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The Jungle (Penguin American Library)

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The Jungle is a 1906 novel written by the American journalist and novelist Upton Sinclair (1878-1968). Sinclair wrote the novel to portray the lives of immigrants in the United States in Chicago and... This description may be from another edition of this product.

Customer Reviews

7 ratings


I Can Appreciate The Exposure By Writing On The Meat Packing Industry & Its Lack Of Quality Control & Worker Safety I Don't Like How He Made Up Most Of The Story ' The Characters Are Fake So Not Sur On The Book " Im Mor Curious On Why Write Fake When The Author Is Actually Their He Should Hav Found Workers & Just Asked Them Would Hav Been A Great Real Story To Tell

A very important work for understanding our past and our future

Sinclair shows us every aspect of the plight of working class america in the early 1900's. It's easy to focus on his descriptions of the meatpacking industry, and the wrong-doings there, and miss his overall purpose. Sinclair systematically shows how unfettered capitalism destroys and discards good men and women for the purpose of profit, while capitalists live in ungodly luxury. He shows the corruption in politics and policing that benefit those in power. He then predicts the rise of workers revolution and justice that, ultimately, we see crushed in the following years in America. This is a must read.

The Jungle- Upton Sinclair

This is the item I was looking for and reasonably priced.I like the free shipping.

Academicians, Go Away!

Some years ago I subscribed to the "Biblical Archeology Review" hoping to find out what has been dug up in the Holy Land. What a dissapointment that was. The articles consisted of various scholars spewing venom at each other over their interpretations of archeological history without bothering to show any pictures. The last few reviews of The Jungle are of the same ilk. Give us a break. Sinclair was an unabashed Socialist, but I have yet to hear anyone tell us that he was lying about the conditions in the Chicago stock yards. In what pidgeon hole would you guys place Charles Dickens? He told the truth about living in poverty in England in the 19th century and was a crusader against child labor. Should the same epithets be levied against him? I was raised in an upper middle class WASP environment and had no idea how our beaten down and helpless citizens lived. When I was 17 and 18 I read The Jungle at least five times and was shocked to the point I couldn't sleep. I imagined living that way - helpless, hopeless and exploited to the point of death. It was economic slavery. And those conditions came to exist as the result of the same unbridled greed that resulted in the anti-trust laws, laws protecting workers who dared to form unions and, now, the ruination of our economy at the expense of people who need to rely on others to make a living. Now, 401(k)s are worthless and executives give themselves billions in bonuses from insolvent companies. What's the difference between now and the Chicago meat packing industry in the early 20th century other than the fact that the exploited workers don't come home filthy and odiferous? So what if Sinclair first published his book in serial form in a socialist newspaper? Do you think that Knoph or Harper & Rowe would have picked it up? Sinclair's book is a diatribe against greed and the only way out for workers were unions and unconventional social organizations. Life would be the same today were it not for unions, wage-hour laws and the minimum wage. And the unbridled greed of today will end up affecting the poor and wealty alike. Rather than spend time taking pot-shots at Sinclair, let's think about how the forms of greed he campaigned against have driven our entire country into insolvency.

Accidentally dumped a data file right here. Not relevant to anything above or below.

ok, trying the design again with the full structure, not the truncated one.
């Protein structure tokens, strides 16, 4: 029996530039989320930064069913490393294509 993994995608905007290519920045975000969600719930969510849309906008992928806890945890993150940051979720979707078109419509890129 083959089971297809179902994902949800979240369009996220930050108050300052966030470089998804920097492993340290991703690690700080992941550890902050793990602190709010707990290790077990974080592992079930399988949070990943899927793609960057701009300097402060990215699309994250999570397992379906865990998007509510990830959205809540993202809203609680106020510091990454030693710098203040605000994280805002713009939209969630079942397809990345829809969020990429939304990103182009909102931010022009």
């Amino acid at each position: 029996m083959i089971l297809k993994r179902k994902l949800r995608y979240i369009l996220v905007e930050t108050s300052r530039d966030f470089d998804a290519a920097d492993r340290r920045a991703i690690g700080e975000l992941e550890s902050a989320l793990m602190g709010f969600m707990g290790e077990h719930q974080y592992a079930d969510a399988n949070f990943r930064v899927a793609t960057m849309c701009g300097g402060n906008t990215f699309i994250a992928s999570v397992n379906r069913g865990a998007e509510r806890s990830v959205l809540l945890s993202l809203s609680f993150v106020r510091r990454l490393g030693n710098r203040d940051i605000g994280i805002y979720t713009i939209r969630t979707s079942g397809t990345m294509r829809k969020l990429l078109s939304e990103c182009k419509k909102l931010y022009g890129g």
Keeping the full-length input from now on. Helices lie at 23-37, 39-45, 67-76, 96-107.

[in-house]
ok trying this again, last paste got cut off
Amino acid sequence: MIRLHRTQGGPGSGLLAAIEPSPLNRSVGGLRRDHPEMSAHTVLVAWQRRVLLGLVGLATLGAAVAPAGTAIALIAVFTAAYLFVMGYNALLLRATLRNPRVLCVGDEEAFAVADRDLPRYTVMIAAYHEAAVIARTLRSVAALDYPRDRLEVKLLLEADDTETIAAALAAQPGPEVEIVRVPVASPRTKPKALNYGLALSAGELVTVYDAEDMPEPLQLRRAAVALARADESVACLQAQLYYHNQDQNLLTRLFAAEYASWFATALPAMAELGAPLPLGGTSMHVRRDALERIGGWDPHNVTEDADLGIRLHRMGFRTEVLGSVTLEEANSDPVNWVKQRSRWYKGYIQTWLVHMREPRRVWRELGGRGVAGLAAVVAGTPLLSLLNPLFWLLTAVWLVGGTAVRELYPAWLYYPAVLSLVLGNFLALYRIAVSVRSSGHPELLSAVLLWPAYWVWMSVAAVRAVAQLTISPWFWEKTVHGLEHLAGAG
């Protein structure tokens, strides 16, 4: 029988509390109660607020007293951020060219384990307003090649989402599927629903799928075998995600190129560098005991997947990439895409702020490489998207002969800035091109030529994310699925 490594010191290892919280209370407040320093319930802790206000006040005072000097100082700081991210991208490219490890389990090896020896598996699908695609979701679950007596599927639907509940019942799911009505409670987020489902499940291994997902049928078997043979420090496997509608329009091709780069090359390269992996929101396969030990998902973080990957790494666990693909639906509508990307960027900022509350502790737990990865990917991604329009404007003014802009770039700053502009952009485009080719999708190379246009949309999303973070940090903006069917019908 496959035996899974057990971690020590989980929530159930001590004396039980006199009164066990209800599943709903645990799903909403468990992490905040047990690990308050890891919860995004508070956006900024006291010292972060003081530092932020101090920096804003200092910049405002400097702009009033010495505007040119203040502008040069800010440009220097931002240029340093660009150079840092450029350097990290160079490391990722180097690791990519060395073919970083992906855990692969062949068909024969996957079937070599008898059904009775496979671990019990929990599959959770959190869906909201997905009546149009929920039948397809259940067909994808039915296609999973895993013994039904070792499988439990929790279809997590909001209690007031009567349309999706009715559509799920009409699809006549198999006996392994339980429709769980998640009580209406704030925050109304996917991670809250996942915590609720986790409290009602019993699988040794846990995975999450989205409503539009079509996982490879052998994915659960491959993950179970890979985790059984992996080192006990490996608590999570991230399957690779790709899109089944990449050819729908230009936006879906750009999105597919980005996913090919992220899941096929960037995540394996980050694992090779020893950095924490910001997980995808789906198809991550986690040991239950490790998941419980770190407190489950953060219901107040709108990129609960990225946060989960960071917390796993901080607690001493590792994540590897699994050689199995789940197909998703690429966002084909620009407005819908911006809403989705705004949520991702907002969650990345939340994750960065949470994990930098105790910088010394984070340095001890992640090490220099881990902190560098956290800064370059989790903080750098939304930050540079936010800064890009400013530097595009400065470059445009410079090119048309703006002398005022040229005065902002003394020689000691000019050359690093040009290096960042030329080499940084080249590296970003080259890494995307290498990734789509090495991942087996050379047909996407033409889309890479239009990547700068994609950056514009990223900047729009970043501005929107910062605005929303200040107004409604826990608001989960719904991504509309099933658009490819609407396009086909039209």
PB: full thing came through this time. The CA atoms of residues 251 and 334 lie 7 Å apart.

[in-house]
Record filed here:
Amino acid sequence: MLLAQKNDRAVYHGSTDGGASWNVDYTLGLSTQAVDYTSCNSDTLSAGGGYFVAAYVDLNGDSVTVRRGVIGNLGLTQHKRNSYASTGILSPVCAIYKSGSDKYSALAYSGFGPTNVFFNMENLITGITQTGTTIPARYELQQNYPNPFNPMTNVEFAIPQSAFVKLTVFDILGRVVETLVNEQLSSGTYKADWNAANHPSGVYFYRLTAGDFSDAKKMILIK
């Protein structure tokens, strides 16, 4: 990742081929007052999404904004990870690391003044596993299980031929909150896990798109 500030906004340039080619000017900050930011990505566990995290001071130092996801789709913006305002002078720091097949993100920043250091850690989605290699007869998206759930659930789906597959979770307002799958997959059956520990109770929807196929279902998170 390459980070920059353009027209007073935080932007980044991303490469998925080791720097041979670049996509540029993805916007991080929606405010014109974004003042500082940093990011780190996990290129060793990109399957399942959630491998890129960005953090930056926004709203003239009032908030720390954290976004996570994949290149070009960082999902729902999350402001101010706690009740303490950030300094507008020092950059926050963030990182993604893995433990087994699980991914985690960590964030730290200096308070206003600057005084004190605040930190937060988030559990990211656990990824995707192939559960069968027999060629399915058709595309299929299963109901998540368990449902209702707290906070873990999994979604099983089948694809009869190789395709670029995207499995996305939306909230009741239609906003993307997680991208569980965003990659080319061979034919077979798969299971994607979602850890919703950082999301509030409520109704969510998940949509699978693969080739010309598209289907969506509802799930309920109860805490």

A graphic novel that turns "The Jungle" back into a call for socialism

When I read Upton Sinclair's "The Jungle" in high school I had to keep reminding myself that that novel was written in 1906, otherwise I would never be able to eat another hot dog the rest of my life. Although muckraking is a term used to describe journalistic exposes, "The Jungle" functioned much the same way by bringing instant notoriety to the American meatpacking industry. In his story of the Lithuanian immigrant Jurgis Rudkus and his family, Sinclair revealed the unsanitary, dangerous, and inhumane conditions that existed in Chicago's stockyards and meat-packing houses. When the novel was published it became front-page news across the nation and President Theodore Roosevelt invited Sinclair to the White House to discuss his book. Because of this book the sales of pre-packed meat in the United States was cut in half and the public outrage would lead to the passage of both the Pure Food and Drug Act and the Beef Inspection Act. Sinclair's story was first published serially in "The Appeal to Reason," a socialist weekly and was dedicated to "The Workingmen of America." Clearly, Sinclair intended "The Jungle" to be a clarion call to socialism and a plea for the end of wage slavery, and ultimately he was disappointed by the reaction to his novel, writing once, "I aimed at the public's heart and by accident I hit it in the stomach." In this graphic novel adaptation of "The Jungle," artist Peter Kuper and his co-writer Emily Russell (who I believe is his daughter) clearly make an effort to get back to the basics and refocus the story so that this time it hits the heart. Originally published in 1991 as part of an attempt to revive the Classics Illustrated comic book line, Kuper uses a full-color stencil technique that suggests that particular period but anticipates, so to speak, the political art of the period before World War II. Jurgis Rudkus and the other characters are depicted with an almost doll-like quality, which eerily enhances the tragic story. Sometimes I think he looks like a clownish version of the Frankenstein monster, but I find that underscores the sense that Jurgis is up against a man-made monster in the unfettered capitalist economy that Sinclair depicts. To cut down the original novel to the 44-pages illustrated pages of this graphic novel, the mind numbing and health eroding work in the fertilizer plant is reduce to a couple of pages. This is why the focus in Kuper's version shifts from what Americans were eating to what is happening to Jurigs, as his personal tragedy becomes the heart of the story. Consequently, I find that this graphic novel version of "The Jungle" is not so much a substitute for reading the original novel as it is an ancillary work. More than with most such adaptations, you really have to have read (and vividly remember) the original work to appreciate what Kuper and Russell have wrought here. Even if consider socialism to be outdated, unnecessary and/or offensive, you have to admit that Sinclair